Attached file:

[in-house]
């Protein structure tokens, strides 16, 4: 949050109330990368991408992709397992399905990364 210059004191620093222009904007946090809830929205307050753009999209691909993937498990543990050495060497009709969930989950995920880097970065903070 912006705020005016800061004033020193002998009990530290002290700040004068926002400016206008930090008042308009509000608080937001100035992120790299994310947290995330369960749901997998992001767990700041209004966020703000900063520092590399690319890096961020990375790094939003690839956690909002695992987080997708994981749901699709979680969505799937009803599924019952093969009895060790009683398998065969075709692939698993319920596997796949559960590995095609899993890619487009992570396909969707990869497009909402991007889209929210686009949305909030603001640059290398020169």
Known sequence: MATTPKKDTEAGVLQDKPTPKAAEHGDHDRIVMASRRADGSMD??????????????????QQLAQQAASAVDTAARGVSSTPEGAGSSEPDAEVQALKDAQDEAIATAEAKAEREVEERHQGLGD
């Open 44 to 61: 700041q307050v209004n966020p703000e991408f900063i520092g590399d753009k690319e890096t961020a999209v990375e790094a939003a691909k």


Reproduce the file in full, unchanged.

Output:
[in-house]
């Protein structure tokens, strides 16, 4: 949050109330990368991408992709397992399905990364 210059004191620093222009904007946090809830929205307050753009999209691909993937498990543990050495060497009709969930989950995920880097970065903070 912006705020005016800061004033020193002998009990530290002290700040004068926002400016206008930090008042308009509000608080937001100035992120790299994310947290995330369960749901997998992001767990700041209004966020703000900063520092590399690319890096961020990375790094939003690839956690909002695992987080997708994981749901699709979680969505799937009803599924019952093969009895060790009683398998065969075709692939698993319920596997796949559960590995095609899993890619487009992570396909969707990869497009909402991007889209929210686009949305909030603001640059290398020169």
Known sequence: MATTPKKDTEAGVLQDKPTPKAAEHGDHDRIVMASRRADGSMD??????????????????QQLAQQAASAVDTAARGVSSTPEGAGSSEPDAEVQALKDAQDEAIATAEAKAEREVEERHQGLGD
């Open 44 to 61: 700041q307050v209004n966020p703000e991408f900063i520092g590399d753009k690319e890096t961020a999209v990375e790094a939003a691909k």